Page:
The architecture of behaviour
I am delighted to have been invited to this important conference on Italian tourism, to share my experience as an architect, working on the design of tourist destinations in the United Kingdom and overseas. I hope to show how this experience might be relevant in planning and designing the relaunch of Italian tourism.
Of course, 150 years ago, at the beginning of the new Italian nation, Italy was the ultimate destination for the British, for whom a “Grand Tour” that did not include Italy would have been unthinkable. Today, Italy’s brand value remains high. But times have changed – the UK has become a prime global destination and, like Italy, has recognised the need to retain its appeal by exploiting the historic and contemporary cultural assets that help to define the national identity.
One of the three projects covered in my presentation is the renaissance of the most important public space in England, Trafalgar Square. From there, we move to the English seaside to look at the regeneration of the once booming tourist destination of Margate. Then, we travel overseas to the Middle East and the replanning of an entire city, Jeddah.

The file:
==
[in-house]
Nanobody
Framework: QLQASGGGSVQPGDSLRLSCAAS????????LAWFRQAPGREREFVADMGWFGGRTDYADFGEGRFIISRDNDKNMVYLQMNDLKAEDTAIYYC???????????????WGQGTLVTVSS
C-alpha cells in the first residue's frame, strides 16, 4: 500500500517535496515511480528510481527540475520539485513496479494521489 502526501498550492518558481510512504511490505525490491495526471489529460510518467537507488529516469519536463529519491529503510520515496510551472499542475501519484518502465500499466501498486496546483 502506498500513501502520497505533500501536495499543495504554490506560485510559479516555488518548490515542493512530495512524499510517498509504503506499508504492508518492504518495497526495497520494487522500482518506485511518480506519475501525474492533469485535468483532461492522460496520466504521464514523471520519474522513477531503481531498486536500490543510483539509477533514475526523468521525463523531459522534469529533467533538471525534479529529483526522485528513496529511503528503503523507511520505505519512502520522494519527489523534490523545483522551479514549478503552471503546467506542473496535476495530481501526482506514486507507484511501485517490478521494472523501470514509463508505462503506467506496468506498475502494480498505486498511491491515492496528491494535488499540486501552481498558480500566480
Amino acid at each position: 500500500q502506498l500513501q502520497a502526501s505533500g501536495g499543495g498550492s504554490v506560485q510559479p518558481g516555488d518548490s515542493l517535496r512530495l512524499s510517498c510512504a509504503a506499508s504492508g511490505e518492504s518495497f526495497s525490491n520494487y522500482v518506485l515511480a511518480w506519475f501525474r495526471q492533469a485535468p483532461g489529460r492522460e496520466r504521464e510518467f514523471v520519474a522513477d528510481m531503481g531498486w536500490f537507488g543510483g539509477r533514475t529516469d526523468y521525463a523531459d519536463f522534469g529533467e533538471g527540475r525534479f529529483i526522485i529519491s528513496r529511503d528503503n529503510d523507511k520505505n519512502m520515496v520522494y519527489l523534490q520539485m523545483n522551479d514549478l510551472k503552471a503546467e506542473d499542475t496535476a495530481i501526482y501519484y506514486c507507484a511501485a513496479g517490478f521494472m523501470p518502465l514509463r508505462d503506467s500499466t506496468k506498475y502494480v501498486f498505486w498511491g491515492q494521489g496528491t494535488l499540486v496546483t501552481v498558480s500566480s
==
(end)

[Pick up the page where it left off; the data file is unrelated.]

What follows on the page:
In taking this tour, the focus is not on buildings but on people, who are the basic building blocks of societies, cultures and of economies. My aim is to show that there is a great deal to be learned by studying the behaviour of people and designing with the “architecture of behaviour” in mind.
The tour will show that the experience from practice is that Space Syntax technology offers three key benefits:
– first, a creative benefit – the technology helps planners and designers create better ideas.
– second, the evidence-base approach allows the impact of proposed ideas to be measured in advance so that plans can be amended and refined to make sure they will work when they are built.
– third, the process provides support to decision-takers, giving them greater confidence in supporting or, as may be the case, opposing proposed plans.
I hope the presentation demonstrates how tourism strategies can be informed by technology that focuses on people, their behaviour and the social and economic outcomes of that behaviour.
Space Syntax techniques allow existing patterns of tourist behaviour to be recorded and analysed. From this, the predictive ability of the technology allows future patterns of movement and public space use to be forecast in a more robust way than has ever been possible.
The challenge of this conference was to define “the new urban beauty”. In my opinion, the architecture of behaviour is one of its cornerstones.
Introduction to a talk given to the Destinazione Italia conference, Turin, Italy, 30th January 2009